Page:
YYC community should offer more support

In 2011, more than 1.7 million people died because of AIDS.

According to UNAIDS, this number decreased from around two million in 2005 – which suggests hope for the future of people infected with HIV and AIDS.

However, the deaths last year almost total the entire Edmonton and Calgary populations combined.

Alberta’s two largest cities wiped out in a year.

That’s a fact that is certainly worth thinking about, and yet, although this week is AIDS Awareness Week and Saturday is World AIDS Day, it seems like the Calgary community’s awareness about AIDS does not match the gravity of the global crisis.

HIV/AIDS in the media

A quick search on three of Calgary’s most prominent newspapers websites illustrates this point.

During the entire month of November, leading up to and during AIDS Awareness Week, the Calgary Herald published four articles concerning HIV/AIDS – though none of them talked about the virus or its effects in our community. Meanwhile, the Calgary Sun published one article concerning AIDS in the month.

Metro Calgary had two articles talking about the virus accessible on their website – but both of these were actually published in print in Metro London.

Clearly, the media is not leading the charge toward awareness.

Certainly, most Calgarians are busy: busy driving their kids, busy at work, busy at school, or busy with the upcoming Christmas season approaching. So of course an issue like HIV/AIDS is not always at the fore-front of our minds.

But still, Alberta’s two largest cities wiped out in a year.

HIV/AIDS infections create devastating result

According to the UNAIDS 2011 report, 34 million people worldwide were living with HIV/AIDS last year. Out of this total, around 3.3 million were children. But only a little more than eight million had access to antiretroviral therapy, which can keep the disease at bay.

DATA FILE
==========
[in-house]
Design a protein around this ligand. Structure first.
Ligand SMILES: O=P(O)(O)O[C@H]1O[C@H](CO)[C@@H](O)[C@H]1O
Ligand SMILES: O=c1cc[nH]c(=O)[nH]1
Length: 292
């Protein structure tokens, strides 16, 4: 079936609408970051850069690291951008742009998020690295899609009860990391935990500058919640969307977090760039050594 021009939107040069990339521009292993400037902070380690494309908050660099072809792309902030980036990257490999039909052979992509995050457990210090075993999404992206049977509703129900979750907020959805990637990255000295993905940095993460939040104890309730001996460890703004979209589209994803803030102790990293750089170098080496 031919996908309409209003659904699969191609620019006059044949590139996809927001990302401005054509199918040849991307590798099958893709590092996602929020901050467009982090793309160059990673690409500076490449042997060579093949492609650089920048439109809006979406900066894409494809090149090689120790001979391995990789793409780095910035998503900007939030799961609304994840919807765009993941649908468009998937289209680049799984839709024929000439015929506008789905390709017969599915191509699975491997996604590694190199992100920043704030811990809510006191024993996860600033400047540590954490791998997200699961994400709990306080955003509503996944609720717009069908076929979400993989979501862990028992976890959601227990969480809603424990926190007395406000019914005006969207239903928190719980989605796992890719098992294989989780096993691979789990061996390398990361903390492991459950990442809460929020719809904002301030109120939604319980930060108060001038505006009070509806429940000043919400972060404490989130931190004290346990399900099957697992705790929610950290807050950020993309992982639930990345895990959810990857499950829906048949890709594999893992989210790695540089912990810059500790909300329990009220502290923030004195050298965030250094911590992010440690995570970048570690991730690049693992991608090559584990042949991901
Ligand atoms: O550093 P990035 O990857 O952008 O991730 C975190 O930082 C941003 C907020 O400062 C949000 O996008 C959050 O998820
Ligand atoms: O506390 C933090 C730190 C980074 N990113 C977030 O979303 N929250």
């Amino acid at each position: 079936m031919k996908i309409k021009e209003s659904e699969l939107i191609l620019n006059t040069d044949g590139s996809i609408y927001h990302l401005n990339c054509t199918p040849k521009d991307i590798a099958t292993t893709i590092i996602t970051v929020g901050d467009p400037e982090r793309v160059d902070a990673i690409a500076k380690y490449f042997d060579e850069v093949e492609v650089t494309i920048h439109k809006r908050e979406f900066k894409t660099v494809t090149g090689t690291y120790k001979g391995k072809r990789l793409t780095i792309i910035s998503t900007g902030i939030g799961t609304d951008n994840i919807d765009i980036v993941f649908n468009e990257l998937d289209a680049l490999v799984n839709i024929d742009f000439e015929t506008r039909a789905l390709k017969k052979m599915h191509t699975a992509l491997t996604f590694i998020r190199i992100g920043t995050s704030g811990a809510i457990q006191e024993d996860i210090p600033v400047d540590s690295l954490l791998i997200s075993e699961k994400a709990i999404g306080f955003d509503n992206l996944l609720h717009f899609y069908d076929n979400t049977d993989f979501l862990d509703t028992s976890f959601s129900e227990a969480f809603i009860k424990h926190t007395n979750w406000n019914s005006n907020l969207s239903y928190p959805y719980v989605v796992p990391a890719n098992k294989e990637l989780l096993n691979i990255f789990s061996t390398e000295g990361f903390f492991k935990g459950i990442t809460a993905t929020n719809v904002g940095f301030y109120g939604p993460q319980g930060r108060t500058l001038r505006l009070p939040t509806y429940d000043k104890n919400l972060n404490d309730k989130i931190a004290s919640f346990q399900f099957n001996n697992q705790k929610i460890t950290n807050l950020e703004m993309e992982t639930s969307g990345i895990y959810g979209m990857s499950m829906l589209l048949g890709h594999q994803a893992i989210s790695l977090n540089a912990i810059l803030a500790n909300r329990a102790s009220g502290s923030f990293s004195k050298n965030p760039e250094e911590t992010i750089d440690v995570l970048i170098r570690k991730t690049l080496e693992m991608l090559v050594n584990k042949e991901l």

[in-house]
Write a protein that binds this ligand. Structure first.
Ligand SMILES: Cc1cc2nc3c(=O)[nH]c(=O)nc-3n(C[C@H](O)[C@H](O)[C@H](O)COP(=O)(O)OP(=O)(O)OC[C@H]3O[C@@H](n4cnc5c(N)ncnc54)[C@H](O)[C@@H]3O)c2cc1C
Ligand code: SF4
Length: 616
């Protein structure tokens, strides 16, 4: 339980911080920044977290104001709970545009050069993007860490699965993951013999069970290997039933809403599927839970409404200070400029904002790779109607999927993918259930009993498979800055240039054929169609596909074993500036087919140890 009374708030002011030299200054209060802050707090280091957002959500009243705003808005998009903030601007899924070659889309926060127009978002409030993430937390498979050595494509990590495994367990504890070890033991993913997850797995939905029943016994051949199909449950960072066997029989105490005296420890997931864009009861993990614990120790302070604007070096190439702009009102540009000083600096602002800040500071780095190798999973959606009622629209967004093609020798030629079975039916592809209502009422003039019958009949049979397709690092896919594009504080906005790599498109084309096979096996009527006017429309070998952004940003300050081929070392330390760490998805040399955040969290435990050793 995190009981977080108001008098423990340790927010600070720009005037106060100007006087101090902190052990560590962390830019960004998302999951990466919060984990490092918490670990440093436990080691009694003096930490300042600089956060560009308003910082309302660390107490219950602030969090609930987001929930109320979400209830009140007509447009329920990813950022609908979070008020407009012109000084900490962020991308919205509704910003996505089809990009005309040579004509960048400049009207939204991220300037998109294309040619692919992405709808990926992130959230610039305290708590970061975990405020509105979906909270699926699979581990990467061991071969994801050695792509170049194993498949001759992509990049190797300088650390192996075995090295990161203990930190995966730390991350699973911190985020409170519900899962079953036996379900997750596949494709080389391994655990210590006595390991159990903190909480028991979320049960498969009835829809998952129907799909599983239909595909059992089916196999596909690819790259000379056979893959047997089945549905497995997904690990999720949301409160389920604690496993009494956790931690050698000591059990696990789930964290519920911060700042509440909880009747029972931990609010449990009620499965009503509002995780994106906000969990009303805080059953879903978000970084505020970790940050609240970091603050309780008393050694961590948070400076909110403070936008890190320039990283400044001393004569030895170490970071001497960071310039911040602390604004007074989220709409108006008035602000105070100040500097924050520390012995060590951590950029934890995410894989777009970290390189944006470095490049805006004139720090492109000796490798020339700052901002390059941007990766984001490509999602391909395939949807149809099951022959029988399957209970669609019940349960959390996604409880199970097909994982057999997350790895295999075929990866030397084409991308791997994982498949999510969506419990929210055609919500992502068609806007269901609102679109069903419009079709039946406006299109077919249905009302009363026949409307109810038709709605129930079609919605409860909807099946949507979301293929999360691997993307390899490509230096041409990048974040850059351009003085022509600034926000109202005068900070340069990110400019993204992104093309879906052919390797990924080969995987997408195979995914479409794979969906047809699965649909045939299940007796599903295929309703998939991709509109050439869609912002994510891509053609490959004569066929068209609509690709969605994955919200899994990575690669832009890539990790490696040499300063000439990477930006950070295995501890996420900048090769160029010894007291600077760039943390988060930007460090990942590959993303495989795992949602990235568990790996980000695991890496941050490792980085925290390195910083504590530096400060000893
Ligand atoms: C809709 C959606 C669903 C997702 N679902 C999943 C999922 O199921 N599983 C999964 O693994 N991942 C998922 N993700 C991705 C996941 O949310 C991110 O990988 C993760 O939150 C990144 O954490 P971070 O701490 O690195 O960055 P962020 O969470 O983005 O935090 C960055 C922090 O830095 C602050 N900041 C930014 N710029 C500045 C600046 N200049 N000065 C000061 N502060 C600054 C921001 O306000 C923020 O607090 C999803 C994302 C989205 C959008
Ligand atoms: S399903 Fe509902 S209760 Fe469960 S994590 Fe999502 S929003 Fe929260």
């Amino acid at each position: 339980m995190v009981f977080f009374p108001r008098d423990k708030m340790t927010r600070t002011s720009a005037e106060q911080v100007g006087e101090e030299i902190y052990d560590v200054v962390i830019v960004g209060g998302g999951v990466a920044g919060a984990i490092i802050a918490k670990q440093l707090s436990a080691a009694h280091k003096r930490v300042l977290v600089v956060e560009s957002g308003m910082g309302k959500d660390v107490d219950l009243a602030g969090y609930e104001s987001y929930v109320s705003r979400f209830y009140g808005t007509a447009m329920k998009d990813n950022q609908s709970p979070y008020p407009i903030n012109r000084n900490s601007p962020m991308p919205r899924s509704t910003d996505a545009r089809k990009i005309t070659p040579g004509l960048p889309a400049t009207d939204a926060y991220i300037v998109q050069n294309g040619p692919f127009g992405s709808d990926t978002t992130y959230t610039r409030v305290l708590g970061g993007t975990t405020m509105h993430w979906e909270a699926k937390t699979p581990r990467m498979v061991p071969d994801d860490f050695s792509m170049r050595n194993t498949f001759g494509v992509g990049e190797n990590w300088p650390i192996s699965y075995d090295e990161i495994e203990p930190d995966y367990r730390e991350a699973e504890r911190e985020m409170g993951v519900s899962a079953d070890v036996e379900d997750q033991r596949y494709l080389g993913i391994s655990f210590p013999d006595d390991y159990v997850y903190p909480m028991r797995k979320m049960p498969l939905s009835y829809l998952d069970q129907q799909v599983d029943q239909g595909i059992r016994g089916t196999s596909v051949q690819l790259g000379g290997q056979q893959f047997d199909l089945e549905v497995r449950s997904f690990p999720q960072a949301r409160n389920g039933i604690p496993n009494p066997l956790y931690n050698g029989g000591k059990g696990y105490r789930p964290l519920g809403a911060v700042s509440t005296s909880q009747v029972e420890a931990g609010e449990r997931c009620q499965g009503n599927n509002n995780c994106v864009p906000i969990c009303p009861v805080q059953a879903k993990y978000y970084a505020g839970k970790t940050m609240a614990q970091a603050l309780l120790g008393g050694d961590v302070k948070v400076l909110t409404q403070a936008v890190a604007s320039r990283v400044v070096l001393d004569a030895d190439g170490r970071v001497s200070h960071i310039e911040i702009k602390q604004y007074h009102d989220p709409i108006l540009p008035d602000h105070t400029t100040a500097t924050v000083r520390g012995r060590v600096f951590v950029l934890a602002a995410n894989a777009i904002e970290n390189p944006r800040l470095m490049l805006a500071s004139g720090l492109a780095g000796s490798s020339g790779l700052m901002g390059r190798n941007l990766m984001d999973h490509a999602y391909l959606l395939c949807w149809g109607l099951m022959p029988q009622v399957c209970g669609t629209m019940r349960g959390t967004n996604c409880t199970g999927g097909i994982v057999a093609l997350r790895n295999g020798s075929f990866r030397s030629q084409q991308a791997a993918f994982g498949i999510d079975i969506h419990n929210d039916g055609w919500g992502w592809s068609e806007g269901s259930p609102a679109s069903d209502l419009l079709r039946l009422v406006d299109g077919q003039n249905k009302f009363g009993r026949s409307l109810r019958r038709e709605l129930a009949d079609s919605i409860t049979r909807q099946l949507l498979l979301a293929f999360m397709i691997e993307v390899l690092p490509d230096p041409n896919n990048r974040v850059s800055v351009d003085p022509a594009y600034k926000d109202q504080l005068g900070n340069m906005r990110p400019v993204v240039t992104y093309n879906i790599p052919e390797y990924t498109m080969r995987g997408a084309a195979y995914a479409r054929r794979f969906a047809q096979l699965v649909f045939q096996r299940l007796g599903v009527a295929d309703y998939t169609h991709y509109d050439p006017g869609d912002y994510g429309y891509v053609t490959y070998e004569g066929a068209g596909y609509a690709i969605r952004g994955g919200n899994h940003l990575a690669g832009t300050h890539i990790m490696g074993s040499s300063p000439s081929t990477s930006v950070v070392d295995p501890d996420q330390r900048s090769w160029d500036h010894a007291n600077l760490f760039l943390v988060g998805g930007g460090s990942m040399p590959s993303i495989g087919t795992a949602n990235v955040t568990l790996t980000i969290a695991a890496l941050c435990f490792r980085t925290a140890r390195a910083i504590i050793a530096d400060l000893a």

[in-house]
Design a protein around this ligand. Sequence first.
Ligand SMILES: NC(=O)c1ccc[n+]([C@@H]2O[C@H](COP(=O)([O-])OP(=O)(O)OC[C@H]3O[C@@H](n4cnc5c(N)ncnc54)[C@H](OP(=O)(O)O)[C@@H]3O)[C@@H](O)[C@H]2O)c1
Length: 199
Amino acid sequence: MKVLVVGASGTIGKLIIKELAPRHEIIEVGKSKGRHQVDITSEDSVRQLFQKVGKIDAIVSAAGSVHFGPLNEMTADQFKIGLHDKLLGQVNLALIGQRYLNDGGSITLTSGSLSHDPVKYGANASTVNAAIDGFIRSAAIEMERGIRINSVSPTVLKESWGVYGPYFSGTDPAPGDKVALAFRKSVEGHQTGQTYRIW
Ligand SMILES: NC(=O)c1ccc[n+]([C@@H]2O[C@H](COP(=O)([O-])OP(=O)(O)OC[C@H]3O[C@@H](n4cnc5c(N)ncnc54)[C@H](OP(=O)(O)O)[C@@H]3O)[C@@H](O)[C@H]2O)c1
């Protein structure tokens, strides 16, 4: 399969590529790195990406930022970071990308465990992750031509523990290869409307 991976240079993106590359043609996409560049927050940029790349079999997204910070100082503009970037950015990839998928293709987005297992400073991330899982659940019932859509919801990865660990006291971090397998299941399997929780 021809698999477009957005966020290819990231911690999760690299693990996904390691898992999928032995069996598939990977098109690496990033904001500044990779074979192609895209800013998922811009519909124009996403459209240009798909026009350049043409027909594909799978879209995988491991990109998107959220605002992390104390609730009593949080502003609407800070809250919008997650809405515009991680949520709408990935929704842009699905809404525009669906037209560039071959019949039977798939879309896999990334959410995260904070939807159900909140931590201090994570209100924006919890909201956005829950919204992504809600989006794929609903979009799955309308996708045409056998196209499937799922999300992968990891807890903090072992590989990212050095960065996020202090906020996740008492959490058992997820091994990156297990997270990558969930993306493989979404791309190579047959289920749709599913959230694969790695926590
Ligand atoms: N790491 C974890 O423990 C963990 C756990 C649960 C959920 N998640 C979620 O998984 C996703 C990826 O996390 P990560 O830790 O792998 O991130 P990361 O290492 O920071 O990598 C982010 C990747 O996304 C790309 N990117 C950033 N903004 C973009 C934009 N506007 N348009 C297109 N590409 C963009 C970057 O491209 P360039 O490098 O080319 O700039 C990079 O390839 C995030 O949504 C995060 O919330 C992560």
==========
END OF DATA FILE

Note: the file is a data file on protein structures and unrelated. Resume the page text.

HIV, the virus that causes AIDS, copies itself over time and damages the human immune system. It is possible for the infected to live with the HIV virus for many years, but usually only through the help of antiretroviral medications.

The virus effects global and local communities

AIDS is as a global issue, but it is also an issue right here at home.

In 2008, the latest year for which estimates are available, some 67,442 Canadians were living with HIV/AIDS. According to the Calgary AIDS Awareness Association, more than 25 per cent of infected Canadians do not know they have AIDS.

Jamie Schneider, a Calgary AIDS Awareness Association spokesperson, suggests via email that this lack of awareness is likely due to a lack of normalized testing in our society, lack of awareness about how people can get tested, or because of the assumption that testing for HIV/AIDS is part of having regular blood work done.

Although in Canada we are lucky enough to have a healthcare system that provides antiretroviral treatment to keep the virus at bay, 151 new AIDS cases were reported in our nation in 2011, according to the Public Health Agency of Canada.

Although treating HIV/AIDS may seem as simple as taking a pill and “moving on with your life” – which according to Schneider is a mind-set that has changed from the “death sentence” associated with AIDS in the ’80s – HIV/AIDS is still a chronic condition.

And, according to the Public Health Agency of Canada, the medication that treats HIV/AIDS comes with many side-effects after long-term use, including organ damage, heart disease and diabetes. The public health agency also says that some treatments for the virus no longer delay the progression of AIDS because new strains of the virus are drug-resistant.

Community support is key

Although the virus may no longer be seen as a death sentence, those infected still need support from the community.

Schneider says, “It’s easier to sympathise with someone living with HIV/AIDS when it’s a small child in Sub-Saharan Africa, but it’s a lot harder to digest when it’s an intravenous-drug user down the street or a young gay male who chose not to wear a condom.”

Schneider adds that Canadians being diagnosed with HIV/AIDS are mostly from marginalized populations that “the public might not seem to care about,” so it is easier for the community to turn a blind eye.

The stigma surrounding AIDS still puts up a barrier impeding community awareness for this issue both at home and in the global community – yet being aware about the impacts of HIV and AIDS helps break down those walls. Being aware means being informed, getting tested if you are at risk, and supporting people within our city, country or world who need our help.

The population of Alberta’s two largest cities.

That’s a lot of people who could make a difference.


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